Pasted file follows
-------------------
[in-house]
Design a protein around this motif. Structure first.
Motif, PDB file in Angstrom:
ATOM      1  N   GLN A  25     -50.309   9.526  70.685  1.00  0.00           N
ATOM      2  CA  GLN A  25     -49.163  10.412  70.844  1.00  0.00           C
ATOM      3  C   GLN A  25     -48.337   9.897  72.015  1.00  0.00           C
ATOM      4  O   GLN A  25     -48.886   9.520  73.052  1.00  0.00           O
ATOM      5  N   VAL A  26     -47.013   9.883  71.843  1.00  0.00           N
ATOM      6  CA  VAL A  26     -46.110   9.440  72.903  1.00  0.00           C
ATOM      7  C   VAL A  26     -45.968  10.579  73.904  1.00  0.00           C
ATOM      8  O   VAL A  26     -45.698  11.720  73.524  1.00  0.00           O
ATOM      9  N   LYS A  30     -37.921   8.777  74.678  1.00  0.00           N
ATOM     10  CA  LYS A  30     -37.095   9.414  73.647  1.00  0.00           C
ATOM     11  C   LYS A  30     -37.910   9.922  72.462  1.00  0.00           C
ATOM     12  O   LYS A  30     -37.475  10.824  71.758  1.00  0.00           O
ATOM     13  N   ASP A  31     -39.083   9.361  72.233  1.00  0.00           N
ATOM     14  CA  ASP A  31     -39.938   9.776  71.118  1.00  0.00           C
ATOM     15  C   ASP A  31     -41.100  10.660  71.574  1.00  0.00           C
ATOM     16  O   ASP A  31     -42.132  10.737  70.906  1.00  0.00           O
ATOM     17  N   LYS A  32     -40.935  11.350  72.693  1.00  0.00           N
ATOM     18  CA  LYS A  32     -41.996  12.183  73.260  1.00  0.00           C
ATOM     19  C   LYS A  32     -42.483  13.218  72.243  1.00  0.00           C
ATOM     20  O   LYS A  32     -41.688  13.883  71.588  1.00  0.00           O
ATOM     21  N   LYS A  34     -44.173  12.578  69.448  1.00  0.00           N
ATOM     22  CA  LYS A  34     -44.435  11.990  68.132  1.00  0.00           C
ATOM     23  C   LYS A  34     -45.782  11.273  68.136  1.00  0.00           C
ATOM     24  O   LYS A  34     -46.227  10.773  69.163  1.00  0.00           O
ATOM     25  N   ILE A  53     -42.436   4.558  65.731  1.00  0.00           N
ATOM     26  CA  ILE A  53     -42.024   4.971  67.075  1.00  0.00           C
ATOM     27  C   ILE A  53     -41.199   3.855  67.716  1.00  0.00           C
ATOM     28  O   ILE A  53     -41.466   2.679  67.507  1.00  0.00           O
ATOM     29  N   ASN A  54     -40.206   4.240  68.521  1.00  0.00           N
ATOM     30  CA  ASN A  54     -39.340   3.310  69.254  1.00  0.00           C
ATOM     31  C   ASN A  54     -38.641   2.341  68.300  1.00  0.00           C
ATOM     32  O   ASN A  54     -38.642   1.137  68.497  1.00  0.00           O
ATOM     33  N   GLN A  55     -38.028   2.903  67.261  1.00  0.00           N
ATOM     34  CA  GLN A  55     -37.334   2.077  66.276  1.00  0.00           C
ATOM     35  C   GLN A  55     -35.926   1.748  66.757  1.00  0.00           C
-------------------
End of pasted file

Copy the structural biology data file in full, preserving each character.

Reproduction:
[in-house]
Design a protein around this motif. Structure first.
Motif, PDB file in Angstrom:
ATOM      1  N   GLN A  25     -50.309   9.526  70.685  1.00  0.00           N
ATOM      2  CA  GLN A  25     -49.163  10.412  70.844  1.00  0.00           C
ATOM      3  C   GLN A  25     -48.337   9.897  72.015  1.00  0.00           C
ATOM      4  O   GLN A  25     -48.886   9.520  73.052  1.00  0.00           O
ATOM      5  N   VAL A  26     -47.013   9.883  71.843  1.00  0.00           N
ATOM      6  CA  VAL A  26     -46.110   9.440  72.903  1.00  0.00           C
ATOM      7  C   VAL A  26     -45.968  10.579  73.904  1.00  0.00           C
ATOM      8  O   VAL A  26     -45.698  11.720  73.524  1.00  0.00           O
ATOM      9  N   LYS A  30     -37.921   8.777  74.678  1.00  0.00           N
ATOM     10  CA  LYS A  30     -37.095   9.414  73.647  1.00  0.00           C
ATOM     11  C   LYS A  30     -37.910   9.922  72.462  1.00  0.00           C
ATOM     12  O   LYS A  30     -37.475  10.824  71.758  1.00  0.00           O
ATOM     13  N   ASP A  31     -39.083   9.361  72.233  1.00  0.00           N
ATOM     14  CA  ASP A  31     -39.938   9.776  71.118  1.00  0.00           C
ATOM     15  C   ASP A  31     -41.100  10.660  71.574  1.00  0.00           C
ATOM     16  O   ASP A  31     -42.132  10.737  70.906  1.00  0.00           O
ATOM     17  N   LYS A  32     -40.935  11.350  72.693  1.00  0.00           N
ATOM     18  CA  LYS A  32     -41.996  12.183  73.260  1.00  0.00           C
ATOM     19  C   LYS A  32     -42.483  13.218  72.243  1.00  0.00           C
ATOM     20  O   LYS A  32     -41.688  13.883  71.588  1.00  0.00           O
ATOM     21  N   LYS A  34     -44.173  12.578  69.448  1.00  0.00           N
ATOM     22  CA  LYS A  34     -44.435  11.990  68.132  1.00  0.00           C
ATOM     23  C   LYS A  34     -45.782  11.273  68.136  1.00  0.00           C
ATOM     24  O   LYS A  34     -46.227  10.773  69.163  1.00  0.00           O
ATOM     25  N   ILE A  53     -42.436   4.558  65.731  1.00  0.00           N
ATOM     26  CA  ILE A  53     -42.024   4.971  67.075  1.00  0.00           C
ATOM     27  C   ILE A  53     -41.199   3.855  67.716  1.00  0.00           C
ATOM     28  O   ILE A  53     -41.466   2.679  67.507  1.00  0.00           O
ATOM     29  N   ASN A  54     -40.206   4.240  68.521  1.00  0.00           N
ATOM     30  CA  ASN A  54     -39.340   3.310  69.254  1.00  0.00           C
ATOM     31  C   ASN A  54     -38.641   2.341  68.300  1.00  0.00           C
ATOM     32  O   ASN A  54     -38.642   1.137  68.497  1.00  0.00           O
ATOM     33  N   GLN A  55     -38.028   2.903  67.261  1.00  0.00           N
ATOM     34  CA  GLN A  55     -37.334   2.077  66.276  1.00  0.00           C
ATOM     35  C   GLN A  55     -35.926   1.748  66.757  1.00  0.00           C